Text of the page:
By now it’s clear that brick-and-mortar retailers as a whole are not destined for extinction, but the landscape has shifted under their feet in response to online retail and new consumer expectations. Those that are evolving to the new world order are more and more turning to experiential marketing in retail spaces to attract consumers back to shopping districts — and the digital technologies that once seemed to pose an existential threat is now infusing life back into the brick-and-mortar world.
Group Delphi’s experts in experiential marketing trends in retail environments weigh in on the changes they’re seeing in the space — and the ones they expect to see more of in the next year.
For brick-and-mortar retailers, adapting to today’s retail landscape means reassessing how the retail space is used.
“Experiential is becoming much more at play,” says David Salinger, Senior Account Director at Group Delphi. “Everyone now uses Amazon as a search engine to buy products. The game has clearly been changed on what a seller needs to fill up his or her physical space. So, when you move into offering experiences in-store, you’re stepping up with something online can’t provide.”
Among the more prominent trends in experiential marketing in retail, online-based retailers are launching offline showrooms to also provide in-store experiences.
“Even online retailers are catching on. Companies like Raspberry Pi have opened stores, offering kits for coders. Amazon Go and the Amazon 4-Star Stores are other examples of an online retailer manifesting itself into a physical space,” says Salinger.
Tech Out at Check Out
The tech-based companies aren’t just becoming brick-and-mortar retailers, they’re redefining the retail environment with tech-driven experiences, finding real-world applications for augmented reality and digital interactives.
Cosmetics giant SK-II recently opened a pop-up in San Francisco that embodies this new trend. Guests were treated to technologies like facial scanning for optimal cosmetics, all while indulging in product immersions via beauty treatments.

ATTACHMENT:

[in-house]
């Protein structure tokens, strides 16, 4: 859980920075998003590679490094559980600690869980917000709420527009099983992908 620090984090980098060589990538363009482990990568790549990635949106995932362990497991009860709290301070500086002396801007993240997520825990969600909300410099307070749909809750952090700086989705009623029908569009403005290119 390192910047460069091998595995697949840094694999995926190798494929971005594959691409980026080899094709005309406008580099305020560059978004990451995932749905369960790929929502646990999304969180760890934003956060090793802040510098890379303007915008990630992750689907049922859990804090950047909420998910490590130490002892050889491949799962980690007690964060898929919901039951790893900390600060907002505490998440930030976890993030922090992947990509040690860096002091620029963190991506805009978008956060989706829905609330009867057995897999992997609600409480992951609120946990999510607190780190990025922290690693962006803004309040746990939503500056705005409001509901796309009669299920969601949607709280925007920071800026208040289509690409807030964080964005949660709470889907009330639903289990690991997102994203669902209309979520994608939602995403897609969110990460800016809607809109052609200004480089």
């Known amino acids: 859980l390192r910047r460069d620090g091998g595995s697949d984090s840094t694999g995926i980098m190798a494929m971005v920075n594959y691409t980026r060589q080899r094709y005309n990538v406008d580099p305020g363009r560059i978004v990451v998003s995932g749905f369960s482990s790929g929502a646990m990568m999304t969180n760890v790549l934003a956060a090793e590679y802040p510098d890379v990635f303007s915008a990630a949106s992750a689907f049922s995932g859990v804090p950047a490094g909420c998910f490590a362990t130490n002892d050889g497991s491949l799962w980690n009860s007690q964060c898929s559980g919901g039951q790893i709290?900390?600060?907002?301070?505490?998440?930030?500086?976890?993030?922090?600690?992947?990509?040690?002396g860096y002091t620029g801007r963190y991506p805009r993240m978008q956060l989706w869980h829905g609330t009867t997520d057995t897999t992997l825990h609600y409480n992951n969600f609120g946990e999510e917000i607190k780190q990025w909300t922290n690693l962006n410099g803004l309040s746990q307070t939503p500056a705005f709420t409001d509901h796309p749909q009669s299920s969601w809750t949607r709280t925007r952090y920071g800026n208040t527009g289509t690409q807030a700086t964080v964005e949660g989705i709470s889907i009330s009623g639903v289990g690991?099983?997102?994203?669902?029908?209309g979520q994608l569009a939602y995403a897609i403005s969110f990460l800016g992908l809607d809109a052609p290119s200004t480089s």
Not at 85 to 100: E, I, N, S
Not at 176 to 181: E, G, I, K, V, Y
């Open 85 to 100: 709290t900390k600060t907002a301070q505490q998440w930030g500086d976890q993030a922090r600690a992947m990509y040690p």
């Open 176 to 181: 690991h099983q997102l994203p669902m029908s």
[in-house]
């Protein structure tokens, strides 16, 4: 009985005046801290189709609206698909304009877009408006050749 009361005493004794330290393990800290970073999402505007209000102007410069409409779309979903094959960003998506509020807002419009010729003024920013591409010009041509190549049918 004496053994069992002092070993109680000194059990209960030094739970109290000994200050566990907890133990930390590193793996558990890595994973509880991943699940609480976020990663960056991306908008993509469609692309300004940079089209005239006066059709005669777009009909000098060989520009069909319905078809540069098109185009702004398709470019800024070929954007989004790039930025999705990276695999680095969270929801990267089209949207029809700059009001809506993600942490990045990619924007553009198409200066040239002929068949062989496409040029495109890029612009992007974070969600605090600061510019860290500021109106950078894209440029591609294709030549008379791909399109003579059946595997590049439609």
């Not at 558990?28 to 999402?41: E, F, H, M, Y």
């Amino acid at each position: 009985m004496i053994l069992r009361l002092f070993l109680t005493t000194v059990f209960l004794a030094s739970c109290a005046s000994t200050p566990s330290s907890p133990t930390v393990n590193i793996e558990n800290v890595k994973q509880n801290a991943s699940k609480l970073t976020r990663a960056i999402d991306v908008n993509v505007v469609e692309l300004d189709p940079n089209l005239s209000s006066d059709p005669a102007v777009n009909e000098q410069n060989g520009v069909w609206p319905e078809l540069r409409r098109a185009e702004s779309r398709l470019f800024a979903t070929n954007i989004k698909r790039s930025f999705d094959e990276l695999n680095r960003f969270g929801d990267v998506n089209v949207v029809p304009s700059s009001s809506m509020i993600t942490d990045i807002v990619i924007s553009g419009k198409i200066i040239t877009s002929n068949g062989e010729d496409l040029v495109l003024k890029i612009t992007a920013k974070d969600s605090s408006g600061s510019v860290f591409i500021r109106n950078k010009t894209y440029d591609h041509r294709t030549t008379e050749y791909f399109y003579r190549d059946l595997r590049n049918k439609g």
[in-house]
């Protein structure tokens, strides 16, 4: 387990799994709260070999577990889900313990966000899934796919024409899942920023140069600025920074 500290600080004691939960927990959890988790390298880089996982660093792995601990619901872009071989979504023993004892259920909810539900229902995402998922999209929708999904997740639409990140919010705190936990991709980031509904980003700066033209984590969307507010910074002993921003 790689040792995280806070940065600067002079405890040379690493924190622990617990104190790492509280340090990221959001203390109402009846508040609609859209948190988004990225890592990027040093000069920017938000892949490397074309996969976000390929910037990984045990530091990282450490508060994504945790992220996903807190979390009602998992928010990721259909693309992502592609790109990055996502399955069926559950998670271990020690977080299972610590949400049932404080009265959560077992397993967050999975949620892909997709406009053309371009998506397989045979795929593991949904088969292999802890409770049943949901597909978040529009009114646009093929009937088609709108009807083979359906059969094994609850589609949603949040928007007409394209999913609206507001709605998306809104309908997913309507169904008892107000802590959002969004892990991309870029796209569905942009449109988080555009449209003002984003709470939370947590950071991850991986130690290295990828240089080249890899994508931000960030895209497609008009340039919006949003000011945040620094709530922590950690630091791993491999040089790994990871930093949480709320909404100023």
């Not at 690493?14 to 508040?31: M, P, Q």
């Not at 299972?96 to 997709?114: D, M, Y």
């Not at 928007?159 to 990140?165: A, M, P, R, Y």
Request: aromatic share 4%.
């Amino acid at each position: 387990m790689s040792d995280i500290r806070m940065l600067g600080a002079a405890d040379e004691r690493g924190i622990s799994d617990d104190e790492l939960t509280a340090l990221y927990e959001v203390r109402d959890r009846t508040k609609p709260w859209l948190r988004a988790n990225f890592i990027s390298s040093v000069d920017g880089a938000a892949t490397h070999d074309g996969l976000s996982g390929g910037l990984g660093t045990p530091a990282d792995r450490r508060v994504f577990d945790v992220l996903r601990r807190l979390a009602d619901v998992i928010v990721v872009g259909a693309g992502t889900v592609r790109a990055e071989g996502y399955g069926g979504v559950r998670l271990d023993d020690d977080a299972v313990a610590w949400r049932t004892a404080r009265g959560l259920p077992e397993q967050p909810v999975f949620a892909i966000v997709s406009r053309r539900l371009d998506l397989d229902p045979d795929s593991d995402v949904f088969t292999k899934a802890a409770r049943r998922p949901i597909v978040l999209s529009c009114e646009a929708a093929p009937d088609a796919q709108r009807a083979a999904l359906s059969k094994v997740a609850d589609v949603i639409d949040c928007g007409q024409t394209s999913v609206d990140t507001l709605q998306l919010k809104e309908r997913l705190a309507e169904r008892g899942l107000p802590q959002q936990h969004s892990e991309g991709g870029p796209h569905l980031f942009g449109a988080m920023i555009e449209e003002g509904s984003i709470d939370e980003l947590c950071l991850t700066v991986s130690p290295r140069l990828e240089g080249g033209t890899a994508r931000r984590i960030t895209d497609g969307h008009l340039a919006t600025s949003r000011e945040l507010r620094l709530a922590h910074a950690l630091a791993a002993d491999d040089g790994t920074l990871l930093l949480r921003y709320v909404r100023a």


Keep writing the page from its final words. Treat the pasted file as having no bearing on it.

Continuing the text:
Likewise, businesses like Virtual Visions offer smart displays for retailers, allowing shoppers to check for inventory both in the store and warehouse.
This is good news for mom-and-pop sellers who are no longer obligated to keep their entire inventory in-house. As Brian Jeong, Business Development Executive for Group Delphi says, “It’s the retail industry 4.0. Stores can add to their inventory from 60 to 90 percent. There’s less display, more cash flow.”
Big Data, Big Innovations
New approaches with technology combined with consumer data are changing the way customers navigate physical spaces, find what they’re looking for, and make purchases. Grocery giant Albertson’s teamed up with Microsoft to “eliminate the friction customers experience at the grocery store,” through apps that can tell customers where to find items in stores, if items are in stock, and even pay for fuel purchases with a single tap.
Other technologies including AI, facial-scanning, and eye-tracking are finding applications in retail spaces. In these cases, the technology isn’t just being used for the immediate customer experience — it’s working to make future experiences better.
“Companies can now track the movement of customers through stores and offices to determine the most efficient use of space,” Jeong says.
Flagship Stores Set Sail
These trends — often because they require large investment and an element of risk — are most visible with the biggest brands, who have already gone all-in on the latest innovations.
Flagship stores from brands like Nike have already incorporated the use of smartphones in their spaces. Fashion retailer Barney’s is doing the same, offering apps to connect shoppers and personalize their shopping experience, while the store itself will be able to recognize in-house shoppers from their online activity.
These efforts are an attempt not so much to reverse the trend of shoppers opting for online over in-person retail as to make the two complementary. As Salinger observes, “Younger audiences accustomed to online shopping are making the effort to come into the store.” Innovations and bold experiments in experiential marketing in retail environments are becoming essential to the rebirth and growth of retail by changing the perception of what the retail experience is in 2020 and beyond.